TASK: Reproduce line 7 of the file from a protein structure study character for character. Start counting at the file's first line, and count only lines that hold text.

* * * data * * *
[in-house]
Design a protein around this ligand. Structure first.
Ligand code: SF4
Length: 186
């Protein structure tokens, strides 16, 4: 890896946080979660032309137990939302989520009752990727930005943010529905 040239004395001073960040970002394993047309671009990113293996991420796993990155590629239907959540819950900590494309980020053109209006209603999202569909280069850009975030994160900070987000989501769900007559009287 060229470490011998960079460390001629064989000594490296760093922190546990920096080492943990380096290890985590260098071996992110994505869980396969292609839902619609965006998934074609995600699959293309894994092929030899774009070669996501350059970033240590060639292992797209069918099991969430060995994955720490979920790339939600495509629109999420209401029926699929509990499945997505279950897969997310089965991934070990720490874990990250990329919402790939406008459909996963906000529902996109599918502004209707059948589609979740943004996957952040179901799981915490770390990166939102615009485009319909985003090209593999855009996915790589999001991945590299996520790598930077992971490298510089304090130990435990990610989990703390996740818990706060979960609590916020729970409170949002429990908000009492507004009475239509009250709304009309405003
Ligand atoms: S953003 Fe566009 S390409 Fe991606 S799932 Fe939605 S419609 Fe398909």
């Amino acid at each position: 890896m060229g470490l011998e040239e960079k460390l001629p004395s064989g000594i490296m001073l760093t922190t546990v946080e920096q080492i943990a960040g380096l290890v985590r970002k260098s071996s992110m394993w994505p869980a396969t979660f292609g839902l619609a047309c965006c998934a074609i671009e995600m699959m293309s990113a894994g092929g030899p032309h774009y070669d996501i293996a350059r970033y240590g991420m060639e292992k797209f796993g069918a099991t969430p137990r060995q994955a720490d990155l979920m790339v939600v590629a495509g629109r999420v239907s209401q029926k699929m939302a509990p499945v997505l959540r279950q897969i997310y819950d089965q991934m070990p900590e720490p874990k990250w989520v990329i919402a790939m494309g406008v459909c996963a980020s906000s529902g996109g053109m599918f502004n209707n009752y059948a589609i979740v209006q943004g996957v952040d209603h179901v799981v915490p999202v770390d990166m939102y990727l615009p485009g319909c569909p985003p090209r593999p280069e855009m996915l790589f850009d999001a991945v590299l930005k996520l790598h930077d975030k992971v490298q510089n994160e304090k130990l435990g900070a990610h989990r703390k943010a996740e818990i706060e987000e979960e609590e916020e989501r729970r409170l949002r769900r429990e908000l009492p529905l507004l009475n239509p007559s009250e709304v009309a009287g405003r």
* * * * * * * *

């Amino acid at each position: 890896m060229g470490l011998e040239e960079k460390l001629p004395s064989g000594i490296m001073l760093t922190t546990v946080e920096q080492i943990a960040g380096l290890v985590r970002k260098s071996s992110m394993w994505p869980a396969t979660f292609g839902l619609a047309c965006c998934a074609i671009e995600m699959m293309s990113a894994g092929g030899p032309h774009y070669d996501i293996a350059r970033y240590g991420m060639e292992k797209f796993g069918a099991t969430p137990r060995q994955a720490d990155l979920m790339v939600v590629a495509g629109r999420v239907s209401q029926k699929m939302a509990p499945v997505l959540r279950q897969i997310y819950d089965q991934m070990p900590e720490p874990k990250w989520v990329i919402a790939m494309g406008v459909c996963a980020s906000s529902g996109g053109m599918f502004n209707n009752y059948a589609i979740v209006q943004g996957v952040d209603h179901v799981v915490p999202v770390d990166m939102y990727l615009p485009g319909c569909p985003p090209r593999p280069e855009m996915l790589f850009d999001a991945v590299l930005k996520l790598h930077d975030k992971v490298q510089n994160e304090k130990l435990g900070a990610h989990r703390k943010a996740e818990i706060e987000e979960e609590e916020e989501r729970r409170l949002r769900r429990e908000l009492p529905l507004l009475n239509p007559s009250e709304v009309a009287g405003r």